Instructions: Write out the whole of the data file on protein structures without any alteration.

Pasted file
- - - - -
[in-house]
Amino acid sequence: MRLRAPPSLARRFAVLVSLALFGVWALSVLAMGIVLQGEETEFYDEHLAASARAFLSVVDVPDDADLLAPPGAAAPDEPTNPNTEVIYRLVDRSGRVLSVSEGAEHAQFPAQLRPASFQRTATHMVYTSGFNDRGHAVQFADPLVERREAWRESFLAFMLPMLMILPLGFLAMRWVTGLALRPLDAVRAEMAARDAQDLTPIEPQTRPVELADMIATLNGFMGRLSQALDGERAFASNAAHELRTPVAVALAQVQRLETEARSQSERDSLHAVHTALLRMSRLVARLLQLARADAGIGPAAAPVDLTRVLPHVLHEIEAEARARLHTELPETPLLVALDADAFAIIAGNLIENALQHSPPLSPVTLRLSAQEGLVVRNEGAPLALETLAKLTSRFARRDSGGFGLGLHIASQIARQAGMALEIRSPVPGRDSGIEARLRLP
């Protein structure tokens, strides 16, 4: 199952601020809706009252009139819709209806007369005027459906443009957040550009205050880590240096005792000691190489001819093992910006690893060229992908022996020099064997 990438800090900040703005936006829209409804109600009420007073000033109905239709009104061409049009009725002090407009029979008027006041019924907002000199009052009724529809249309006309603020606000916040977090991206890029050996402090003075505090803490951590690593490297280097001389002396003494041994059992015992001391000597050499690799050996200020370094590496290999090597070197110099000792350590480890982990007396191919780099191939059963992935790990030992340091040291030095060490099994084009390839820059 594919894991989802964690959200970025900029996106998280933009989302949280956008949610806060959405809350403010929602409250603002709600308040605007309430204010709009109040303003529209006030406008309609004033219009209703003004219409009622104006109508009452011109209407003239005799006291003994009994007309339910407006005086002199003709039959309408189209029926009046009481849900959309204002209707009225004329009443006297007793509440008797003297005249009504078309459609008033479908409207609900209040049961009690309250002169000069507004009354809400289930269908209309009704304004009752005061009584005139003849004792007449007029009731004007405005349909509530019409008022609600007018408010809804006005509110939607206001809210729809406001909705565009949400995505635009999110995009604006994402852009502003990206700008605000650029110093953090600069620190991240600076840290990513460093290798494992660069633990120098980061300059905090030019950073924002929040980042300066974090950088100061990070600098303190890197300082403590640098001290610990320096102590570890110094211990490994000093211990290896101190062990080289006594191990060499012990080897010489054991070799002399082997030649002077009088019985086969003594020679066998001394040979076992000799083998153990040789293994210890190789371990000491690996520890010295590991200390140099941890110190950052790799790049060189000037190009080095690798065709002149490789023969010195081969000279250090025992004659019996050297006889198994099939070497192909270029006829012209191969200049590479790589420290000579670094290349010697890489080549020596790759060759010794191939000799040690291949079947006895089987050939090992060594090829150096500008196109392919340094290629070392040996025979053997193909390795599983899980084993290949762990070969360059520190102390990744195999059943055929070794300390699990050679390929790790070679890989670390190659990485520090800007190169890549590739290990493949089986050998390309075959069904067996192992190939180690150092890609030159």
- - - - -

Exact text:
[in-house]
Amino acid sequence: MRLRAPPSLARRFAVLVSLALFGVWALSVLAMGIVLQGEETEFYDEHLAASARAFLSVVDVPDDADLLAPPGAAAPDEPTNPNTEVIYRLVDRSGRVLSVSEGAEHAQFPAQLRPASFQRTATHMVYTSGFNDRGHAVQFADPLVERREAWRESFLAFMLPMLMILPLGFLAMRWVTGLALRPLDAVRAEMAARDAQDLTPIEPQTRPVELADMIATLNGFMGRLSQALDGERAFASNAAHELRTPVAVALAQVQRLETEARSQSERDSLHAVHTALLRMSRLVARLLQLARADAGIGPAAAPVDLTRVLPHVLHEIEAEARARLHTELPETPLLVALDADAFAIIAGNLIENALQHSPPLSPVTLRLSAQEGLVVRNEGAPLALETLAKLTSRFARRDSGGFGLGLHIASQIARQAGMALEIRSPVPGRDSGIEARLRLP
């Protein structure tokens, strides 16, 4: 199952601020809706009252009139819709209806007369005027459906443009957040550009205050880590240096005792000691190489001819093992910006690893060229992908022996020099064997 990438800090900040703005936006829209409804109600009420007073000033109905239709009104061409049009009725002090407009029979008027006041019924907002000199009052009724529809249309006309603020606000916040977090991206890029050996402090003075505090803490951590690593490297280097001389002396003494041994059992015992001391000597050499690799050996200020370094590496290999090597070197110099000792350590480890982990007396191919780099191939059963992935790990030992340091040291030095060490099994084009390839820059 594919894991989802964690959200970025900029996106998280933009989302949280956008949610806060959405809350403010929602409250603002709600308040605007309430204010709009109040303003529209006030406008309609004033219009209703003004219409009622104006109508009452011109209407003239005799006291003994009994007309339910407006005086002199003709039959309408189209029926009046009481849900959309204002209707009225004329009443006297007793509440008797003297005249009504078309459609008033479908409207609900209040049961009690309250002169000069507004009354809400289930269908209309009704304004009752005061009584005139003849004792007449007029009731004007405005349909509530019409008022609600007018408010809804006005509110939607206001809210729809406001909705565009949400995505635009999110995009604006994402852009502003990206700008605000650029110093953090600069620190991240600076840290990513460093290798494992660069633990120098980061300059905090030019950073924002929040980042300066974090950088100061990070600098303190890197300082403590640098001290610990320096102590570890110094211990490994000093211990290896101190062990080289006594191990060499012990080897010489054991070799002399082997030649002077009088019985086969003594020679066998001394040979076992000799083998153990040789293994210890190789371990000491690996520890010295590991200390140099941890110190950052790799790049060189000037190009080095690798065709002149490789023969010195081969000279250090025992004659019996050297006889198994099939070497192909270029006829012209191969200049590479790589420290000579670094290349010697890489080549020596790759060759010794191939000799040690291949079947006895089987050939090992060594090829150096500008196109392919340094290629070392040996025979053997193909390795599983899980084993290949762990070969360059520190102390990744195999059943055929070794300390699990050679390929790790070679890989670390190659990485520090800007190169890549590739290990493949089986050998390309075959069904067996192992190939180690150092890609030159």